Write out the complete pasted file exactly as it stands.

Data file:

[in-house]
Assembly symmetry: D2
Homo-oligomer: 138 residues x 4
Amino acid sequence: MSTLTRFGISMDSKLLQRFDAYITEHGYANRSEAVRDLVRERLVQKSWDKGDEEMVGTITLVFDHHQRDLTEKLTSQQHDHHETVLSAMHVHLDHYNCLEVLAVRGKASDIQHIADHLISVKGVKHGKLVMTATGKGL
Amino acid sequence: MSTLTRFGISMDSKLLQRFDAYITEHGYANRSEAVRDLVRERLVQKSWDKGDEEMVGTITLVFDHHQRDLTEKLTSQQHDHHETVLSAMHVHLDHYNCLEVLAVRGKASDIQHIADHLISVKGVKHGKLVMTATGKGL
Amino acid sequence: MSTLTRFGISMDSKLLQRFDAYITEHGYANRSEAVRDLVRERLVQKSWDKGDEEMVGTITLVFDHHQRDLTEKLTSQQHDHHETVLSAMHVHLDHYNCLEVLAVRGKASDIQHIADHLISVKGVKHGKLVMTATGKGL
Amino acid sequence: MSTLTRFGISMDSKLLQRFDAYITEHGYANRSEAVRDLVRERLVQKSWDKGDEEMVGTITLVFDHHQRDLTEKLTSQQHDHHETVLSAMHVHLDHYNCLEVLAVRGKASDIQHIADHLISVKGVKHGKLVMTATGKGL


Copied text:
[in-house]
Assembly symmetry: D2
Homo-oligomer: 138 residues x 4
Amino acid sequence: MSTLTRFGISMDSKLLQRFDAYITEHGYANRSEAVRDLVRERLVQKSWDKGDEEMVGTITLVFDHHQRDLTEKLTSQQHDHHETVLSAMHVHLDHYNCLEVLAVRGKASDIQHIADHLISVKGVKHGKLVMTATGKGL
Amino acid sequence: MSTLTRFGISMDSKLLQRFDAYITEHGYANRSEAVRDLVRERLVQKSWDKGDEEMVGTITLVFDHHQRDLTEKLTSQQHDHHETVLSAMHVHLDHYNCLEVLAVRGKASDIQHIADHLISVKGVKHGKLVMTATGKGL
Amino acid sequence: MSTLTRFGISMDSKLLQRFDAYITEHGYANRSEAVRDLVRERLVQKSWDKGDEEMVGTITLVFDHHQRDLTEKLTSQQHDHHETVLSAMHVHLDHYNCLEVLAVRGKASDIQHIADHLISVKGVKHGKLVMTATGKGL
Amino acid sequence: MSTLTRFGISMDSKLLQRFDAYITEHGYANRSEAVRDLVRERLVQKSWDKGDEEMVGTITLVFDHHQRDLTEKLTSQQHDHHETVLSAMHVHLDHYNCLEVLAVRGKASDIQHIADHLISVKGVKHGKLVMTATGKGL